Boston

Restaurants in Boston

Because it sits on coastline, Boston is a seafood city. New England clam chowder (with clams, potatoes, and onions), baked haddock, lobster rolls, and oyster stew are popular surf dishes. New England boiled dinner (corned beef with cabbage and root vegetables), bulkie rolls, and American chop suey are prevalent turf options. If you want traditionally-prepared Boston seafood, get a table at the Island Creek Oyster Bar on Commonwealth Ave. They have one of the best raw oyster bars in Boston and a menu filled with lobster rolls, oyster sliders, fish and chips, and seafood casserole.

Boston, also home to a big Latino population, is just as likely to serve seafood paella and mofongo as they are clams. Orinoco, with locations in South End, Brookline Village, and Harvard Square, has been voted Boston’s best Latin American restaurant for the past three years. Feast on arepas and empanadas over Sunday brunch. Try Formaggio Kitchen for the best selection of imported cheeses and cured meats in town, or the Hi-Rise Bread Company for baguettes and specialty breads. Some other notable foods to try are Boston baked beans (flavored with maple syrup and bacon) and delicious Boston crème pie.

About 20 minutes from the city, this unassuming Brookline joint is often lauded as the best sushi restaurant in the Boston area. The no-frills interior is extremely small, with only an eight-seat sushi bar and one additional table beside the front window.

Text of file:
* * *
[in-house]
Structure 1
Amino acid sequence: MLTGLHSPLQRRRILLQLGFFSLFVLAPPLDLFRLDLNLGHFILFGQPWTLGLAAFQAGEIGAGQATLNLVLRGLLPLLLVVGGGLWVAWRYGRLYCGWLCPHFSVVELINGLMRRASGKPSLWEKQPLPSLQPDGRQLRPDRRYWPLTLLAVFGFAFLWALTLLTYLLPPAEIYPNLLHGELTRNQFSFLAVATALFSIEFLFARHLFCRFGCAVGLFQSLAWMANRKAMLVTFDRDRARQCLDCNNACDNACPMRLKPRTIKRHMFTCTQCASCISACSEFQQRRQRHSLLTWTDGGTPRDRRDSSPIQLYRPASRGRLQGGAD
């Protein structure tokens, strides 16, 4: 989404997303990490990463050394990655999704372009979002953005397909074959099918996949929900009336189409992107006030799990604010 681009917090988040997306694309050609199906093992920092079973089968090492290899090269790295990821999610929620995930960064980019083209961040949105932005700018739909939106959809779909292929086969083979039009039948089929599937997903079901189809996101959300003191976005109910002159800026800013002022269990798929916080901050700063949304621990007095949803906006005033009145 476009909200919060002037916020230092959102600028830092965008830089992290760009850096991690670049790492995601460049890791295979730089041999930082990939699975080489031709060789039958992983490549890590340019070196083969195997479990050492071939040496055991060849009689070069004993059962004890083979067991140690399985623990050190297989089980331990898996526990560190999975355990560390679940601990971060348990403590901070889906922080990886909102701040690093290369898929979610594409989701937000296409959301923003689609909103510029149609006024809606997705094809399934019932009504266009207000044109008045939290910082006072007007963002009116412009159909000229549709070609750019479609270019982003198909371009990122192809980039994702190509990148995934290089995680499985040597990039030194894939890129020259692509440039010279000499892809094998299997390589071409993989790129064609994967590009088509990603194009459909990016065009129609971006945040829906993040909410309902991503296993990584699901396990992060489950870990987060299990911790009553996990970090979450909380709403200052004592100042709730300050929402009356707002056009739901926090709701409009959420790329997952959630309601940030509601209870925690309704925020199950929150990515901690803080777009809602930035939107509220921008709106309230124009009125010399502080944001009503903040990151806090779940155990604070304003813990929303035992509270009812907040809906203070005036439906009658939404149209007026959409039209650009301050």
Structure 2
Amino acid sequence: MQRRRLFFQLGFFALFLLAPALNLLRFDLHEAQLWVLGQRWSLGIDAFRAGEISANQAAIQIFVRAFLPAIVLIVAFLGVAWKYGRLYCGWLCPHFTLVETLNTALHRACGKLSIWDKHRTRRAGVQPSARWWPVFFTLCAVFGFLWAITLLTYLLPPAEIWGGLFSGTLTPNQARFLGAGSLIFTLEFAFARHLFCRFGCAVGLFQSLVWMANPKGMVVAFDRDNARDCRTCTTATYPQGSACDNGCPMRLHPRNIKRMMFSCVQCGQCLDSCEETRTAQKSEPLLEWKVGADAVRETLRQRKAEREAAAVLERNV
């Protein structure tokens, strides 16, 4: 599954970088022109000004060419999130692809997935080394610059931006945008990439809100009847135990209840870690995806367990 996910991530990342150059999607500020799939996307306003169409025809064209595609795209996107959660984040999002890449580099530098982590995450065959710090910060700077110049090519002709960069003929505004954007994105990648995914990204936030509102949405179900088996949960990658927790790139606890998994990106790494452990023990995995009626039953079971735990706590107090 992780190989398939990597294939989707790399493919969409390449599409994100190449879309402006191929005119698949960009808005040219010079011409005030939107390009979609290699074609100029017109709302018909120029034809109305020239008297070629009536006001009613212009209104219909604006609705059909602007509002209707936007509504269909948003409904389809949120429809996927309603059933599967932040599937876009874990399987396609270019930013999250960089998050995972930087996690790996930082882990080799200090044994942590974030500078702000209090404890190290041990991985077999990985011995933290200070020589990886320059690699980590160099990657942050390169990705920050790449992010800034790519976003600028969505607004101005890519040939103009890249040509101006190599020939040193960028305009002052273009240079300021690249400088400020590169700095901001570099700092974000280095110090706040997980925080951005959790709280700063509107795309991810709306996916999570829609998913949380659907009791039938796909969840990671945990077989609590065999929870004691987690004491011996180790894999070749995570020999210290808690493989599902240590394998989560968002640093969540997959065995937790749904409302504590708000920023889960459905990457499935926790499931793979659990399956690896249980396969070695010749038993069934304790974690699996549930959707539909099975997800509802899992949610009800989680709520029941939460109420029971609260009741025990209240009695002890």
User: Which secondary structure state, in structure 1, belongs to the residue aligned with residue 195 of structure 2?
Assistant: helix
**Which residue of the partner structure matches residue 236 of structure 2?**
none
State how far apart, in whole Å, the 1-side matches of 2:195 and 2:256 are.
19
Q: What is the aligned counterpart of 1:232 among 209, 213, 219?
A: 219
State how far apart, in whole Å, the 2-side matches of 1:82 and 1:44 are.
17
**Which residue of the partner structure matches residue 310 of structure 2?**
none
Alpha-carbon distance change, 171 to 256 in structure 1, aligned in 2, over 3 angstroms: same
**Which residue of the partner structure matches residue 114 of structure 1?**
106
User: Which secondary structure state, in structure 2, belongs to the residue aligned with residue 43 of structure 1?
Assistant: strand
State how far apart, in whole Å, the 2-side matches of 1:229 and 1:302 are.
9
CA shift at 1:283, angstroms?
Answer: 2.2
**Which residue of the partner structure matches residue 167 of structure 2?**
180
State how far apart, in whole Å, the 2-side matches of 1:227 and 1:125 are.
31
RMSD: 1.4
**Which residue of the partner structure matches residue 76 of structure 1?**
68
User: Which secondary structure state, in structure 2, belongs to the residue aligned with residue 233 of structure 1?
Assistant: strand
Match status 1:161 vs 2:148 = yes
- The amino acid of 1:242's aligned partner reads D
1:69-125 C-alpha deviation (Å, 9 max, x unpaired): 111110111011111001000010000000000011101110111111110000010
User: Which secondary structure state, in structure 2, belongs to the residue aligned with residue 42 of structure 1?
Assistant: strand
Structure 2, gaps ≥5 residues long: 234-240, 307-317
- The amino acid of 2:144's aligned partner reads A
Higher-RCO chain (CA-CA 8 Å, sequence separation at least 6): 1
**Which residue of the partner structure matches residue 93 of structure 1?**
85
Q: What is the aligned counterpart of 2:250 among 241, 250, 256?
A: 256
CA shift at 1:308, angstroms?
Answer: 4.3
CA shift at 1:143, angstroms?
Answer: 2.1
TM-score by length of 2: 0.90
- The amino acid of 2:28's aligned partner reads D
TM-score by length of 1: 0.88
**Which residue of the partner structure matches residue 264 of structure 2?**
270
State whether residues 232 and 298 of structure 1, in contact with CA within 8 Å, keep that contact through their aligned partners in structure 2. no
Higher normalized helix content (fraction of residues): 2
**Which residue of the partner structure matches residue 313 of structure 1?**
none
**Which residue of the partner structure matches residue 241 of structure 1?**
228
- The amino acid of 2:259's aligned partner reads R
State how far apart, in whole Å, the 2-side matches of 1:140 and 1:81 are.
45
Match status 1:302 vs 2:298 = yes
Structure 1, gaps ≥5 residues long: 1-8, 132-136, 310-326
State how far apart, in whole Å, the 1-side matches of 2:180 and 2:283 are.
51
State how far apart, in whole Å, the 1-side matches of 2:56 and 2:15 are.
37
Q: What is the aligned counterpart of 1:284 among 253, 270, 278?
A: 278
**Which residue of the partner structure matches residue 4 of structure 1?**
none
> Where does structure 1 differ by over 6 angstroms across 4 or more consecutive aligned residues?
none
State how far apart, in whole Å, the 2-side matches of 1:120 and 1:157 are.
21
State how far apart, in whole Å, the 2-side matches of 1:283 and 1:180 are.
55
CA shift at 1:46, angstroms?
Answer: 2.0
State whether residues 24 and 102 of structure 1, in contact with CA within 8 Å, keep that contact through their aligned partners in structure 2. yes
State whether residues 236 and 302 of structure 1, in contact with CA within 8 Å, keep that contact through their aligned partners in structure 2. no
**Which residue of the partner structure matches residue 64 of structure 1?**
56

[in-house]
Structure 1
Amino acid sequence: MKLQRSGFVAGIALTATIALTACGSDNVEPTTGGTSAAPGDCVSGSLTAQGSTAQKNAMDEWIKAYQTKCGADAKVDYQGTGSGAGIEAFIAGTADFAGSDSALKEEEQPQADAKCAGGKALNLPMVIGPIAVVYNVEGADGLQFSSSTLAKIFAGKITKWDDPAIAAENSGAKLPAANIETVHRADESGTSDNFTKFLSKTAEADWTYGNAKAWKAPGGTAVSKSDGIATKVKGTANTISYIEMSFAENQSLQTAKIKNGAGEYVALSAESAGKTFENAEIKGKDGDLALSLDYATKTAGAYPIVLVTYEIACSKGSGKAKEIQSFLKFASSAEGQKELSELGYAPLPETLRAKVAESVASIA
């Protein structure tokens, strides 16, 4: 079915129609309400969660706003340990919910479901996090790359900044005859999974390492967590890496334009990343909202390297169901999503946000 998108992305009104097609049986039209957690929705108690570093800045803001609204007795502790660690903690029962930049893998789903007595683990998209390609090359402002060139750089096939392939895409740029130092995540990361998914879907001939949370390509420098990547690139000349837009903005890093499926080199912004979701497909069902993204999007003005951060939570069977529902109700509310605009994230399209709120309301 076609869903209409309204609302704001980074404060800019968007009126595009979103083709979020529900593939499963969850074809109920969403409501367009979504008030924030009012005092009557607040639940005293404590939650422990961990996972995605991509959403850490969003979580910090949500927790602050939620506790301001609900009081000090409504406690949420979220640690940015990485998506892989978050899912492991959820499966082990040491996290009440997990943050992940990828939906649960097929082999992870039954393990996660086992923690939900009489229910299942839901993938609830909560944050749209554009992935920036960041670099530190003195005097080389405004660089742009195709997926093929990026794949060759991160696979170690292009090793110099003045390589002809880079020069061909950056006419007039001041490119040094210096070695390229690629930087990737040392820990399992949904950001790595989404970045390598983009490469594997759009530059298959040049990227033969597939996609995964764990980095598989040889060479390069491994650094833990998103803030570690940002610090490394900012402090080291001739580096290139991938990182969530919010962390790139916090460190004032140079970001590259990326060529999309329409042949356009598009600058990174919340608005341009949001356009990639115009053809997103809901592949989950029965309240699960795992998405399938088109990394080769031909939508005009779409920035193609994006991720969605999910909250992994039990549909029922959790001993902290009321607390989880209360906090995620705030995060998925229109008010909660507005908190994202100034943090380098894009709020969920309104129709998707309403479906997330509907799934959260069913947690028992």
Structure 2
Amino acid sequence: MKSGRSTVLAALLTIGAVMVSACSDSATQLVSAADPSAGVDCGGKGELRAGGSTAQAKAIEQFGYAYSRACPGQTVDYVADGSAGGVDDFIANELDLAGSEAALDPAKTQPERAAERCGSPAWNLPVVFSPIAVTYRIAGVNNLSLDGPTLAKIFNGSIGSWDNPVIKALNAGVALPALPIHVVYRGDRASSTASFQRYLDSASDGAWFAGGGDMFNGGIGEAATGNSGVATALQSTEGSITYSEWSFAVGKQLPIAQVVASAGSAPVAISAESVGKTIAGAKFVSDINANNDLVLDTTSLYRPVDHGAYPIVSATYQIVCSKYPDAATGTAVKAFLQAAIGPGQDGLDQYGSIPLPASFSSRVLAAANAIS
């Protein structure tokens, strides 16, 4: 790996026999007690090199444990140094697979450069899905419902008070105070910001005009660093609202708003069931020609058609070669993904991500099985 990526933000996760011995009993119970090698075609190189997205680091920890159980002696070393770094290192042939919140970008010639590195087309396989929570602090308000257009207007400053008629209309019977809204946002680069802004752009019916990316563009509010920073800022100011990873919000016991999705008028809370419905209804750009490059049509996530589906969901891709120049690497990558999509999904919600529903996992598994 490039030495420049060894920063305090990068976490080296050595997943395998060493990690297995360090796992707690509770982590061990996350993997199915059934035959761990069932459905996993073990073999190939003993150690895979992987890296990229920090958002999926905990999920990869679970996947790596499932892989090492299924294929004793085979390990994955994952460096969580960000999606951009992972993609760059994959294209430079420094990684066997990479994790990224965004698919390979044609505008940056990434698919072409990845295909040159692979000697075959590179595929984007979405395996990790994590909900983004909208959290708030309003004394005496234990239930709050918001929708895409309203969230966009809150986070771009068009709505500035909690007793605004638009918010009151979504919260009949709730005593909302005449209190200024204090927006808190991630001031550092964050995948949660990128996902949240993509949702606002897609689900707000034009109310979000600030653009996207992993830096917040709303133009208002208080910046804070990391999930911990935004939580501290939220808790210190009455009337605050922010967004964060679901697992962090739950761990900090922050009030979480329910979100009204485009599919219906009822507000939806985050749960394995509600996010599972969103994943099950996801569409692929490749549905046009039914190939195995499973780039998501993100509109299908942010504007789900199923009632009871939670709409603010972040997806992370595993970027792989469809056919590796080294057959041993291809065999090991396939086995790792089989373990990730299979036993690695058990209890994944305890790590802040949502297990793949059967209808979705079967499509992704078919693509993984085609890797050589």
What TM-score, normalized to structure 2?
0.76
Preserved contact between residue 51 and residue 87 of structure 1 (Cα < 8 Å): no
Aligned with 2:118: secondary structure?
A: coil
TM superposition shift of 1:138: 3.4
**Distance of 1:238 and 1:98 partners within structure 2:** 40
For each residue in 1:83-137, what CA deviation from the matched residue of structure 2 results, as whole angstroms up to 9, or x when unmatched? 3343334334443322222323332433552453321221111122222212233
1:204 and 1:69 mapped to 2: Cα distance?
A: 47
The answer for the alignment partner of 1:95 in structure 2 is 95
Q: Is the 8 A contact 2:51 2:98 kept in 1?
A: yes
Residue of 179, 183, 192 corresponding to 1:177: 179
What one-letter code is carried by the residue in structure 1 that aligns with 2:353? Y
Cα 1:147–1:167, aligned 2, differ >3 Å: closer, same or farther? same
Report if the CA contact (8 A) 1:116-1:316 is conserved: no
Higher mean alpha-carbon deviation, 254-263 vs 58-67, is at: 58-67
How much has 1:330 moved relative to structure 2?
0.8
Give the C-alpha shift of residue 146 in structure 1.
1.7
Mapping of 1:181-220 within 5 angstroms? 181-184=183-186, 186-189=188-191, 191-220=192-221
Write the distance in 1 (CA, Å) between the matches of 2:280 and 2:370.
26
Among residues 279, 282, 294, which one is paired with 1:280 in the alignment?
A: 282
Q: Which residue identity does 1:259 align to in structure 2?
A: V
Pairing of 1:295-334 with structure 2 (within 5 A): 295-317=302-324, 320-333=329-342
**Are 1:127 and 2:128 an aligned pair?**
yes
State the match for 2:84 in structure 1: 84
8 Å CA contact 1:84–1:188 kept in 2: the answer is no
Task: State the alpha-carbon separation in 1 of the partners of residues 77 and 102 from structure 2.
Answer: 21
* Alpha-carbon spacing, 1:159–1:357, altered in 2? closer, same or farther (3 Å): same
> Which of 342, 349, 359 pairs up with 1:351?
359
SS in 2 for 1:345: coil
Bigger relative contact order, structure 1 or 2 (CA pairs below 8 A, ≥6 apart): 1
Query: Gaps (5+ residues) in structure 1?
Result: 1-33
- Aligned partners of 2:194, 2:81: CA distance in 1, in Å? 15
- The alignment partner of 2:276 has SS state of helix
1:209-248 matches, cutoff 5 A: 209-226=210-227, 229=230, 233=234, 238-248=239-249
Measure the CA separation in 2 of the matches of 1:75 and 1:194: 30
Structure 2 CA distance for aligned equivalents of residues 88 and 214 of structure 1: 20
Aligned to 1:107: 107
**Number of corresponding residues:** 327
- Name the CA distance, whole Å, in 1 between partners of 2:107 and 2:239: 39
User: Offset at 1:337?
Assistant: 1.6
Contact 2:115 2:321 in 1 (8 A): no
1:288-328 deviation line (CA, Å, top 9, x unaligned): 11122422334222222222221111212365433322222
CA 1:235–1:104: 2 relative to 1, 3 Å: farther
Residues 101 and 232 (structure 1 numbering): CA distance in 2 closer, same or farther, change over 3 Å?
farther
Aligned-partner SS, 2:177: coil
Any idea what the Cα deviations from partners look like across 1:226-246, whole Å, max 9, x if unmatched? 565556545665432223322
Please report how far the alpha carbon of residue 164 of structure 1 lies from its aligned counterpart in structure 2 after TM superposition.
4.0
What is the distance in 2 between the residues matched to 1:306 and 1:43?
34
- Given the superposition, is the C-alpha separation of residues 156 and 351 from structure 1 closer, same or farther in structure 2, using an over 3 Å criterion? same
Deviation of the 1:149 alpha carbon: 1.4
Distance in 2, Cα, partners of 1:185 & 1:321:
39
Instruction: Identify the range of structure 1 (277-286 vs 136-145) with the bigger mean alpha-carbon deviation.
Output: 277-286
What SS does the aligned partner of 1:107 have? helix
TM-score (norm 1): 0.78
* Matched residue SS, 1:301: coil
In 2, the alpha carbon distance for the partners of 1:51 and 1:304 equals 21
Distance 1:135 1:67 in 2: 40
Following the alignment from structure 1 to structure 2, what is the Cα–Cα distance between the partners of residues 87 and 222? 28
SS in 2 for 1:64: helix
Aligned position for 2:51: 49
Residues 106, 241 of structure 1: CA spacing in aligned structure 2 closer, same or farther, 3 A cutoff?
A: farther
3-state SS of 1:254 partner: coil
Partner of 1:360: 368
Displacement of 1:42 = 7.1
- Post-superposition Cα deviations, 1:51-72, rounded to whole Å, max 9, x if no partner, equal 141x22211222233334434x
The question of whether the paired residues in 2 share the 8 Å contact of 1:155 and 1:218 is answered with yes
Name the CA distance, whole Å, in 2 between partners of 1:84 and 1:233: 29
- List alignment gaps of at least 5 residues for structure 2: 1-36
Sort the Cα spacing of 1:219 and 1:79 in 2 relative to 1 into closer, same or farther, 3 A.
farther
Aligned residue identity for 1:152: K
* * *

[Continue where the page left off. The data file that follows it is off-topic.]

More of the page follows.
The Langham Hotel is kicking off the 21st season of its chocolate buffet.

A showpiece of the renovated Kenmore Square, this nightclub-slick seafood palace is the latest project of local restaurateur Michael Schlow (Radius, Via Matta).

Garnering national acclaim for its extensive wine list of nearly 500 vintages, this French restaurant offers pairing suggestions beneath each dish on the seasonal menu.

Serving pizza in the North End since 1926, Pizzeria Regina is widely considered Boston’s best old-school pizza joint. The no-frills landmark is a casual combo of checkered tablecloths and paper plates, but the pizza is anything but ordinary.

Originally established as a bar in 1955, Casablanca has long been a gathering spot for locals, particularly Harvard students and the neighborhood’s literary set.

 

Adjacent to the Boston Center for the Arts in Boston’s gentrified South End, Hamersley's Bistro occupies a red brick building that once housed a piano factory.

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Lantern-lit restaurant and lounge. Drinks at this pan-Asian restaurant are presented in bamboo-shaped glass tumblers or large clay pots with straws.

Taking its namesake from the Italian word for sea, Mare focuses on using local, organic, and sustainable ingredients, including cultivated shellfish and hormone-free beef, for its coastal Italian menu inspired by the cuisine of the Amalfi Coast.

Aiming to serve simple foods paired with the best wines, Bin 26 Enoteca is the quintessential Italian wine bar. Low lighting fills the sleek interior, where wine labels serve as wallpaper and wine bottles serve as décor.

Serving some of the freshest seafood in Boston, East Ocean City uses the highest quality ingredients to prepare authentic, affordable dishes.